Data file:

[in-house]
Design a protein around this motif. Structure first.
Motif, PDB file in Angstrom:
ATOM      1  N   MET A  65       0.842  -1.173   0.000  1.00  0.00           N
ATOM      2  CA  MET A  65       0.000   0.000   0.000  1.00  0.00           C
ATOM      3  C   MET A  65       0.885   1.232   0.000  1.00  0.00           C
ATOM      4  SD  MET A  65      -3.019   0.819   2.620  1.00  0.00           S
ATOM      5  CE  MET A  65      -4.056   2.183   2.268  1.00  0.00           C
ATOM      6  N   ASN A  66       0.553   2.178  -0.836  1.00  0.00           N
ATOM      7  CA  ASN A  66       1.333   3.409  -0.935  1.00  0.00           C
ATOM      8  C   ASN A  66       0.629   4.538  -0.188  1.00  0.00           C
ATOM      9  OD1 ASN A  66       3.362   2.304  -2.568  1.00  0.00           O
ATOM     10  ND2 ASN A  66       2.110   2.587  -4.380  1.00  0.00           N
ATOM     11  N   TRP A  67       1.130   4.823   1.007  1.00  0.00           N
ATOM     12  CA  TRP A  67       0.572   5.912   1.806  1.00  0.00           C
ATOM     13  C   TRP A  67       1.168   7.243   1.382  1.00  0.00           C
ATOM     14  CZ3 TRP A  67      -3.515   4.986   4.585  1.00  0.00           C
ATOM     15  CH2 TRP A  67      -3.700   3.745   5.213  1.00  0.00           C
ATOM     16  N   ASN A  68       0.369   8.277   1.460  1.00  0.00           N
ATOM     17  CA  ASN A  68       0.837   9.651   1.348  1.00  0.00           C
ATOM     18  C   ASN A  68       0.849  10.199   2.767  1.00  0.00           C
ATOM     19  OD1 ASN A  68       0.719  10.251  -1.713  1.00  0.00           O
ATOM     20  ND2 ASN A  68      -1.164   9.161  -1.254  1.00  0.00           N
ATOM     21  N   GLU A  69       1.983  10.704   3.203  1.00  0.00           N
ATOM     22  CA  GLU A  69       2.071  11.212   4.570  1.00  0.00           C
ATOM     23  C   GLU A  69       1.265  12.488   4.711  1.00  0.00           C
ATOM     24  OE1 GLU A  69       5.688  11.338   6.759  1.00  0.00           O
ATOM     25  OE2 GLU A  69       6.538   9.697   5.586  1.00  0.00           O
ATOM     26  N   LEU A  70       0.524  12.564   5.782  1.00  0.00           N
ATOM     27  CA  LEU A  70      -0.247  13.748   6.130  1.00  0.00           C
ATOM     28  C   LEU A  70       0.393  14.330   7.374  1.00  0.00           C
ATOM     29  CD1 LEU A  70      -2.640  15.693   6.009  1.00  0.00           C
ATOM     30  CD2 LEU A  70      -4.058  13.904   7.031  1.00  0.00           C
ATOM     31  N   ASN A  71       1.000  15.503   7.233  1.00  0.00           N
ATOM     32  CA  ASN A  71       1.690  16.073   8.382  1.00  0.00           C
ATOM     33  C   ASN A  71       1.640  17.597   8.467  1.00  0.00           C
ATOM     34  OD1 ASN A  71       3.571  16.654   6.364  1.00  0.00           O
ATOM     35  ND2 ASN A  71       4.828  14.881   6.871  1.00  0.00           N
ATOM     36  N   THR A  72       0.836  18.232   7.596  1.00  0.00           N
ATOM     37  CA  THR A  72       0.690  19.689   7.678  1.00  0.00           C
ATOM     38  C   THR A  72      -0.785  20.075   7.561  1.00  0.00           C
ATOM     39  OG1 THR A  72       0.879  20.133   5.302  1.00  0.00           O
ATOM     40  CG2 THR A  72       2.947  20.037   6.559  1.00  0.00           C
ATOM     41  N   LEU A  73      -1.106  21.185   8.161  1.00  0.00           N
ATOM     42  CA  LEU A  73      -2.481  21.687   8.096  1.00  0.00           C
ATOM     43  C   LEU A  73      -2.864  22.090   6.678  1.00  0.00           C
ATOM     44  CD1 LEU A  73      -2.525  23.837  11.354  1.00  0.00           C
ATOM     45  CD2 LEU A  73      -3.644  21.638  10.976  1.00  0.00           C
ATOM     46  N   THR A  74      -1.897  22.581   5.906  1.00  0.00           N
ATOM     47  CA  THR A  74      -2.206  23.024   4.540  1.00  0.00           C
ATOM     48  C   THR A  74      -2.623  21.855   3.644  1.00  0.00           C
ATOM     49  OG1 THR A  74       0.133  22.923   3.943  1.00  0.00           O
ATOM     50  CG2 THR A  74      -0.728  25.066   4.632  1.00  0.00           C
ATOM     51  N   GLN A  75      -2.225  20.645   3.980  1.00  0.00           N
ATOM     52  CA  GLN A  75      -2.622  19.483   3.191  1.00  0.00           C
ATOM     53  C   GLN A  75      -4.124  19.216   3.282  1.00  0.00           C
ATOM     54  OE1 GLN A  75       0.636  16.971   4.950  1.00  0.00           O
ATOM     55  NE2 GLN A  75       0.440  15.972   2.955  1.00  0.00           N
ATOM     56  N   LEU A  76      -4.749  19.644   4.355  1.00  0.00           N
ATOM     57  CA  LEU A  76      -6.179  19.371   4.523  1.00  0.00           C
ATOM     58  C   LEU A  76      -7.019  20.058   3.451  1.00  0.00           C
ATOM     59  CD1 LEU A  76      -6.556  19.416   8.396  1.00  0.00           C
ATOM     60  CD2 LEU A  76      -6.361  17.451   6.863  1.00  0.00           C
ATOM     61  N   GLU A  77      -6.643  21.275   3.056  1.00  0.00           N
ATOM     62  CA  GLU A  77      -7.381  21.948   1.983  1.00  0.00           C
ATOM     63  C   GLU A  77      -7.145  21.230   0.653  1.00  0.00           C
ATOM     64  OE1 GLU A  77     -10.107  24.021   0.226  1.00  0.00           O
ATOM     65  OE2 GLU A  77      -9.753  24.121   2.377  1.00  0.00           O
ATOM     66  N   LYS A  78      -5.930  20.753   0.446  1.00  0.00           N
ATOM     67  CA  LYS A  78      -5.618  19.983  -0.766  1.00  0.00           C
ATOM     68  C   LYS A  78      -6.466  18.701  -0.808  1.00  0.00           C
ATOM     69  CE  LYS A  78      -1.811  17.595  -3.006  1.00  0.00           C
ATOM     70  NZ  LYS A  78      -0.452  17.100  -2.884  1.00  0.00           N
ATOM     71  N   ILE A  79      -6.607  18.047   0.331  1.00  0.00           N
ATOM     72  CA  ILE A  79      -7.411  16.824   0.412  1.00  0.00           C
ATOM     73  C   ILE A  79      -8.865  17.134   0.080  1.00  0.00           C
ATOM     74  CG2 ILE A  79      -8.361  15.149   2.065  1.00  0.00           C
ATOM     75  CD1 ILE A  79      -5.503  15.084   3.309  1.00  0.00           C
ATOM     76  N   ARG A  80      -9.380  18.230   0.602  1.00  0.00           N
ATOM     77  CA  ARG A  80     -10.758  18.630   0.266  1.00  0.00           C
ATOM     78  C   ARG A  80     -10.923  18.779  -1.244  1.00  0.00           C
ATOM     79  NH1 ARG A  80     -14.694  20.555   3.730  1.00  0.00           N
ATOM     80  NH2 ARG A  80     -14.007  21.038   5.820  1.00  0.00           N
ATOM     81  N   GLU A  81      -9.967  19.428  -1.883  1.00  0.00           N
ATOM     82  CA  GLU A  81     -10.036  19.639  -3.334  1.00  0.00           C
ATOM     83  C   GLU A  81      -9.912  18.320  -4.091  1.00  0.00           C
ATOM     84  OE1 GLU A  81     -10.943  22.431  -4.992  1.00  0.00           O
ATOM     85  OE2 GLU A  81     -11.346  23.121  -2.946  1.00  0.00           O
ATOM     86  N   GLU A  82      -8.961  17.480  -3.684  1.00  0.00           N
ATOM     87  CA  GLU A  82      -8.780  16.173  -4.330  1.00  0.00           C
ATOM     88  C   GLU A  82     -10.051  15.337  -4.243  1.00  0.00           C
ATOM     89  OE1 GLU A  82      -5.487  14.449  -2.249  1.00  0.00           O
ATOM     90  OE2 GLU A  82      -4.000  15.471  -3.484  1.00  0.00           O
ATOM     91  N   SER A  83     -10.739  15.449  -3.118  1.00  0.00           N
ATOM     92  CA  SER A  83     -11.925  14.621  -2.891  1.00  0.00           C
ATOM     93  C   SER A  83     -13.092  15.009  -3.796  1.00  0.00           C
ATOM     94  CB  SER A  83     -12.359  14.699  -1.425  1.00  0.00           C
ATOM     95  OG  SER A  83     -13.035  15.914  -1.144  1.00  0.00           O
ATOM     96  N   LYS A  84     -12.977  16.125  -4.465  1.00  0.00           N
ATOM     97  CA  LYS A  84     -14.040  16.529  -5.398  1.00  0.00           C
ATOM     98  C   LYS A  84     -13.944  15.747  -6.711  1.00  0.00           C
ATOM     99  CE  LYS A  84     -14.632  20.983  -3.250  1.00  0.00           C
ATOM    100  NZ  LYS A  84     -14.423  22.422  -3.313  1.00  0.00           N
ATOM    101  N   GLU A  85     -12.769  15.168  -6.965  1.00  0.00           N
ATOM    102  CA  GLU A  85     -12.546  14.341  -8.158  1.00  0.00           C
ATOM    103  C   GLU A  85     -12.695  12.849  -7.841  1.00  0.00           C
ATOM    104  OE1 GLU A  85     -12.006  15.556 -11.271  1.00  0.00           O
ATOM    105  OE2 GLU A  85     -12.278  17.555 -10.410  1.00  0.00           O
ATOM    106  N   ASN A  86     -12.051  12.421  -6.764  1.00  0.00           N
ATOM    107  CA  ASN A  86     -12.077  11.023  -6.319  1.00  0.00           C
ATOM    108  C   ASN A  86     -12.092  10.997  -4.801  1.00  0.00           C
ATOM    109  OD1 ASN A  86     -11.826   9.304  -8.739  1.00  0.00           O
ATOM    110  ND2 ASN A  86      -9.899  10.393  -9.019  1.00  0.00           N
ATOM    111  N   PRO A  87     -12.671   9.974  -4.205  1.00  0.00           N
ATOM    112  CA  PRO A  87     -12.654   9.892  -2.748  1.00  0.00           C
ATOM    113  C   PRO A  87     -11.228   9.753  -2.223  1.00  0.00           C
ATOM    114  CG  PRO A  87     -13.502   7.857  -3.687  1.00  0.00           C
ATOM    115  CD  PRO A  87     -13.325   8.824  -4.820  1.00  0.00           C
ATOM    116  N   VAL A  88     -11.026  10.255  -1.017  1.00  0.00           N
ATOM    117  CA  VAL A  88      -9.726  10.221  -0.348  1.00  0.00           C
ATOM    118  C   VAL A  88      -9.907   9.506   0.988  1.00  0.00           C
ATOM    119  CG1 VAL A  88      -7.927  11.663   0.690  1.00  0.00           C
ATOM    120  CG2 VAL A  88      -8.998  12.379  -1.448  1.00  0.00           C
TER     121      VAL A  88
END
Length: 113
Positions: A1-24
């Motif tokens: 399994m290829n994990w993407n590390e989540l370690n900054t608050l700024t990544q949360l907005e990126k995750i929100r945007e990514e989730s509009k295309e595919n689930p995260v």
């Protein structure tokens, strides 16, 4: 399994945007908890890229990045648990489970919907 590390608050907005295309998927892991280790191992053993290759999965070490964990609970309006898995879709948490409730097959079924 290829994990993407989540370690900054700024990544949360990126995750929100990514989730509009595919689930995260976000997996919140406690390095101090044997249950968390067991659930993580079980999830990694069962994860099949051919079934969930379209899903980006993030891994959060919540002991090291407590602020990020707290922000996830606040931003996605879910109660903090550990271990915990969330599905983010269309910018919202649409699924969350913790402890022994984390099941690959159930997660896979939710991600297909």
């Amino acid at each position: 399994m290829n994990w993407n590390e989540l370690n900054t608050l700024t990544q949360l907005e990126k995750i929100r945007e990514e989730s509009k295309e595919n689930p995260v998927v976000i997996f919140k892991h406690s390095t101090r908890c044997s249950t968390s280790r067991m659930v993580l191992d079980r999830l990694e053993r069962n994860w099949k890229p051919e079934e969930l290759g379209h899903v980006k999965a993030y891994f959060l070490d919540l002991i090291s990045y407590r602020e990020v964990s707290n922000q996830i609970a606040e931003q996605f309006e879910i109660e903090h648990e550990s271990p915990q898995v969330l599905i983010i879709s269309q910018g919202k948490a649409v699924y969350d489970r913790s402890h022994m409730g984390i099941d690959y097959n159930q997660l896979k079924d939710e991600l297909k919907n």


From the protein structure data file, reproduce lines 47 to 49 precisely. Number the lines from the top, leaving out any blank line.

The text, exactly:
ATOM     44  CD1 LEU A  73      -2.525  23.837  11.354  1.00  0.00           C
ATOM     45  CD2 LEU A  73      -3.644  21.638  10.976  1.00  0.00           C
ATOM     46  N   THR A  74      -1.897  22.581   5.906  1.00  0.00           N